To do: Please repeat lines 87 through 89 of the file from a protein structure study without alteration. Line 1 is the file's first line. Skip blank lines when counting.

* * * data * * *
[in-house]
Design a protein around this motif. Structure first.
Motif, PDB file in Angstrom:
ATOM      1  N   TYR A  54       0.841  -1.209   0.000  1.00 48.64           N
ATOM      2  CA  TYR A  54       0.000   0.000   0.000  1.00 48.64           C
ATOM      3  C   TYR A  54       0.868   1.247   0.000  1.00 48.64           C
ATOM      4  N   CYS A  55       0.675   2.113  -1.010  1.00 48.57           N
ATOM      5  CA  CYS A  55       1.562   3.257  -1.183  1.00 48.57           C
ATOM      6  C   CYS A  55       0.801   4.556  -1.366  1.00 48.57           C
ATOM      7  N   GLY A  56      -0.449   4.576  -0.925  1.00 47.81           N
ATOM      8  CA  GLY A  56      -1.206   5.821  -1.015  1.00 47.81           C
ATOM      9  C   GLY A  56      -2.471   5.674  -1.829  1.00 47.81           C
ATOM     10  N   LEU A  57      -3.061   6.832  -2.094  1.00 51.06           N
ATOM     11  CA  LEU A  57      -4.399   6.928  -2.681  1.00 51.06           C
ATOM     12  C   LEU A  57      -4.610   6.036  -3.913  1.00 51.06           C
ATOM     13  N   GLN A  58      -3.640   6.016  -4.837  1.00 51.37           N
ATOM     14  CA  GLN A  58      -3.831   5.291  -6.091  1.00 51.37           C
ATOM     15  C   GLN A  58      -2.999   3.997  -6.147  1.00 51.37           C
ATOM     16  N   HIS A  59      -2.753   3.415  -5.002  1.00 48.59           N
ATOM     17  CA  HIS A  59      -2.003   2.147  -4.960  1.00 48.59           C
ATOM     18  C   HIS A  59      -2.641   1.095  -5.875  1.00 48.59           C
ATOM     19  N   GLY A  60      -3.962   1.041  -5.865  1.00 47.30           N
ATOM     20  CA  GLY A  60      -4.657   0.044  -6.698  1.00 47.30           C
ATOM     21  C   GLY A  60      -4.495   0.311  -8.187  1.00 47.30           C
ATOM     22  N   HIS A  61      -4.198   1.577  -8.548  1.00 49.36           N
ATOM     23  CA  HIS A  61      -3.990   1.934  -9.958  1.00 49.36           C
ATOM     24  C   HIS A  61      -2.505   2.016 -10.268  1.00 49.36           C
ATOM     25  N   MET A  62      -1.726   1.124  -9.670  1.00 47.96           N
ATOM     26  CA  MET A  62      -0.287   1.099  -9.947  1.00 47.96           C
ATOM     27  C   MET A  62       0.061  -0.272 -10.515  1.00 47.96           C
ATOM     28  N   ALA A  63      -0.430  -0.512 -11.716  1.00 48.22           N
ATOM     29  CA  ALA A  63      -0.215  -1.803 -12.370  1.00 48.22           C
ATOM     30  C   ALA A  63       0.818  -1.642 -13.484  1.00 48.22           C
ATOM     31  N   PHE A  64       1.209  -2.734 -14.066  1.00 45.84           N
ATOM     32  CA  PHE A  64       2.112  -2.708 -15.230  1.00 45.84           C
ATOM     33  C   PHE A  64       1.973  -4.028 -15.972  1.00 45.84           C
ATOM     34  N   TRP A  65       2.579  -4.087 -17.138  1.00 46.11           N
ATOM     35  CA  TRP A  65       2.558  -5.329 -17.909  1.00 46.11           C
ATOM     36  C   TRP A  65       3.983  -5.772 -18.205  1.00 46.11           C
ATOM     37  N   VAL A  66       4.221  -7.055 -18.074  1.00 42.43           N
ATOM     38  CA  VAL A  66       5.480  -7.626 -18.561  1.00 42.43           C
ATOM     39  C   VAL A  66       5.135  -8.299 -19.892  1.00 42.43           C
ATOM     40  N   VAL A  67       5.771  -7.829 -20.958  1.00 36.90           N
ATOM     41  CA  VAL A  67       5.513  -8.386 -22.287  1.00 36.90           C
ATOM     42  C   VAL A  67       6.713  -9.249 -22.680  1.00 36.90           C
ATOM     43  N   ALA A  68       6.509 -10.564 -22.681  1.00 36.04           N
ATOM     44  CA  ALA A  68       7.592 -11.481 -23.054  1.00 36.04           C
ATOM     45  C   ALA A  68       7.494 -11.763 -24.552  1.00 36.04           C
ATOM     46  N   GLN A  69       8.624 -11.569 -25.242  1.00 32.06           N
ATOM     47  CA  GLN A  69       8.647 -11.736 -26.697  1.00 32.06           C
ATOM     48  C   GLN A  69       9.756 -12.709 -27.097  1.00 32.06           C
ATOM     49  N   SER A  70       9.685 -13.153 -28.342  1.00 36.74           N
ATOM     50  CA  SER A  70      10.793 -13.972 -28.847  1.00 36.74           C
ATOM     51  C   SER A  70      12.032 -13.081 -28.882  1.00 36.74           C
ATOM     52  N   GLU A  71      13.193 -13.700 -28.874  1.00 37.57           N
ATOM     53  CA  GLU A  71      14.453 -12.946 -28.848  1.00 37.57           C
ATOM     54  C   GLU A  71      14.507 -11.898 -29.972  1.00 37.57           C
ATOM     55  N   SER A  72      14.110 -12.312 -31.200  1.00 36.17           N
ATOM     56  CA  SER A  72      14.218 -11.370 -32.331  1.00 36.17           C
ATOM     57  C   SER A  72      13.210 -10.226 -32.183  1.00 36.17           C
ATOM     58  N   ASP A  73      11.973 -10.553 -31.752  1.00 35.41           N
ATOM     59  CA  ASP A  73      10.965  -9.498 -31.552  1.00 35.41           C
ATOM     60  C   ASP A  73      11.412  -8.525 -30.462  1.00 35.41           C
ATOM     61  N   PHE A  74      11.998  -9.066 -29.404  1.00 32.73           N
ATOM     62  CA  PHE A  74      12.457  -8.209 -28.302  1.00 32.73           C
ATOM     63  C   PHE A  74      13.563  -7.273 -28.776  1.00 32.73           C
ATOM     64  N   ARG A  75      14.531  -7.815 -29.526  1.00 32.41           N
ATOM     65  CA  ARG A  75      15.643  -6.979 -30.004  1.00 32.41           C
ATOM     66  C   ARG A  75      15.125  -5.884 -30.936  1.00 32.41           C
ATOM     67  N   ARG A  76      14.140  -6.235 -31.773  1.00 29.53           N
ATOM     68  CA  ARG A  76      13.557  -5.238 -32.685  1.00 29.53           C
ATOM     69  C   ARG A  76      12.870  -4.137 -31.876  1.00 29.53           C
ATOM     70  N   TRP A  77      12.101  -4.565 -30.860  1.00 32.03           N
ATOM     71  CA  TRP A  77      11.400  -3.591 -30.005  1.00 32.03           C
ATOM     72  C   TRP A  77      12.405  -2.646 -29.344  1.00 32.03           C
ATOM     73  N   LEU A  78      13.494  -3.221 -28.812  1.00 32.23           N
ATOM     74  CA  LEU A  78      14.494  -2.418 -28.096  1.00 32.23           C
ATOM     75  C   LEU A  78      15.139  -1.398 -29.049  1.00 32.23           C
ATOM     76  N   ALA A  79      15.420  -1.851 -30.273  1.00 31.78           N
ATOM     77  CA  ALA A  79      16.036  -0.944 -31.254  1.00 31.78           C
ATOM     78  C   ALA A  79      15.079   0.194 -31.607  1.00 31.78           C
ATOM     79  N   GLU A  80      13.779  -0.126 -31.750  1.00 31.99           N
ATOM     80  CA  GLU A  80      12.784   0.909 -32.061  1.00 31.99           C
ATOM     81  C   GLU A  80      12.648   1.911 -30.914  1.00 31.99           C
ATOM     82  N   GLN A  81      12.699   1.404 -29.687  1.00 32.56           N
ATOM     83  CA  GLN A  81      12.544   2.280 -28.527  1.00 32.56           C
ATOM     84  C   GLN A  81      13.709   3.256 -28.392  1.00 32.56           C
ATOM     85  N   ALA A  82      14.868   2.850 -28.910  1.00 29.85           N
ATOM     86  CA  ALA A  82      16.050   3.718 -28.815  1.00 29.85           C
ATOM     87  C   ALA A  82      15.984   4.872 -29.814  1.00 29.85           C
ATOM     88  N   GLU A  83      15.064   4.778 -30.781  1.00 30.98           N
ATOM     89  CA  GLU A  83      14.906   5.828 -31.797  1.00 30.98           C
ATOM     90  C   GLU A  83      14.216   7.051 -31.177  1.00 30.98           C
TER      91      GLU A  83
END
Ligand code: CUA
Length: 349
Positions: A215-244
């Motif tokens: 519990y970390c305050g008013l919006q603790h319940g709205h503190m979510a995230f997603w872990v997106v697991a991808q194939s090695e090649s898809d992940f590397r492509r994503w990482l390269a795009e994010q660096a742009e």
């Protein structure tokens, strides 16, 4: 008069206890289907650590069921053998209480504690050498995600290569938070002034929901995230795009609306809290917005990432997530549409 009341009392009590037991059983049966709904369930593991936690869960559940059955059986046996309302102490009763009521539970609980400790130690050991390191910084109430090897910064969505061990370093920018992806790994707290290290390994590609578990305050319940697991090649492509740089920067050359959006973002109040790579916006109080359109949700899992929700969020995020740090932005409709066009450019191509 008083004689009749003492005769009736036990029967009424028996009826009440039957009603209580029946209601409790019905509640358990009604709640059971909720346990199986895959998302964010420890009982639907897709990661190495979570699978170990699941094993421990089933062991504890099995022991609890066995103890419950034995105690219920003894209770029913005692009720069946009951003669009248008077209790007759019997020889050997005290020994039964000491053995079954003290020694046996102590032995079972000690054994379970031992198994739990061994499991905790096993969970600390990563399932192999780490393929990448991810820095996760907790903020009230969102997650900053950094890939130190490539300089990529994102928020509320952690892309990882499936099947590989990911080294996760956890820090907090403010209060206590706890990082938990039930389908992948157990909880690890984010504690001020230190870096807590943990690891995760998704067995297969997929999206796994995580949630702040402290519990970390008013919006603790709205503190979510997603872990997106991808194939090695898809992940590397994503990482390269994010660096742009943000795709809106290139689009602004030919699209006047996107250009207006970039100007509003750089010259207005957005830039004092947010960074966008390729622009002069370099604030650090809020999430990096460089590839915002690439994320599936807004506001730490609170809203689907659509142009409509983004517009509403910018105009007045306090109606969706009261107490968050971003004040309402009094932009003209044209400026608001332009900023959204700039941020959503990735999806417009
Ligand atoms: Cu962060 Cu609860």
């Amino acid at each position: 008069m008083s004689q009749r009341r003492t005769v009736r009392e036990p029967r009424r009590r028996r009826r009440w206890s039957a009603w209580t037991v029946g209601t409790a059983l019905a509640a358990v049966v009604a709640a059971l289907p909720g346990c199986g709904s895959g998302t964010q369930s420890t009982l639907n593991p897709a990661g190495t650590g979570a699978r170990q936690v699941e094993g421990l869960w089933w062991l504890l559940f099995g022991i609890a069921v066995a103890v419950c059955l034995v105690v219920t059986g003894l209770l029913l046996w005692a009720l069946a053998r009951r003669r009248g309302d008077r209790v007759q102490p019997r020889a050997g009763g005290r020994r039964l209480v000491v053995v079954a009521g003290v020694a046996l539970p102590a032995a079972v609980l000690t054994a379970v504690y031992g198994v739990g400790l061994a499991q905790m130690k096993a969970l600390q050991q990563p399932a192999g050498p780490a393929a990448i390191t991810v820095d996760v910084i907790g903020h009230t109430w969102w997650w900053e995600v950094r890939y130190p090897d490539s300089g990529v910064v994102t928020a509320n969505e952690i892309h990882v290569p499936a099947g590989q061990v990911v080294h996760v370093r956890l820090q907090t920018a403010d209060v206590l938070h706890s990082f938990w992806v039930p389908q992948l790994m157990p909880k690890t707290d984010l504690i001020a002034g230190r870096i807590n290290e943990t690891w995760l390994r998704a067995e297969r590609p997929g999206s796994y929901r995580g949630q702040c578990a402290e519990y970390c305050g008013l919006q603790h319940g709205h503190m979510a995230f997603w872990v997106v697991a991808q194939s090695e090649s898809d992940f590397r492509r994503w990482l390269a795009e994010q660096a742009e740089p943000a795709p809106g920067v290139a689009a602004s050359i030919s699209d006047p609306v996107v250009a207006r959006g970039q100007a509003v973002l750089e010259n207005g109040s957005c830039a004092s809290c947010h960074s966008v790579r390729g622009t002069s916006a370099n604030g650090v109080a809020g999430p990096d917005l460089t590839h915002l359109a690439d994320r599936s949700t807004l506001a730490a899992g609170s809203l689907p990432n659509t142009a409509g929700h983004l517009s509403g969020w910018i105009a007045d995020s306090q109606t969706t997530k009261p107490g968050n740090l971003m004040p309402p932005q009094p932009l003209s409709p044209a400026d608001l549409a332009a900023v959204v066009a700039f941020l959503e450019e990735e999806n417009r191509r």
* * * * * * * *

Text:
ATOM     84  C   GLN A  81      13.709   3.256 -28.392  1.00 32.56           C
ATOM     85  N   ALA A  82      14.868   2.850 -28.910  1.00 29.85           N
ATOM     86  CA  ALA A  82      16.050   3.718 -28.815  1.00 29.85           C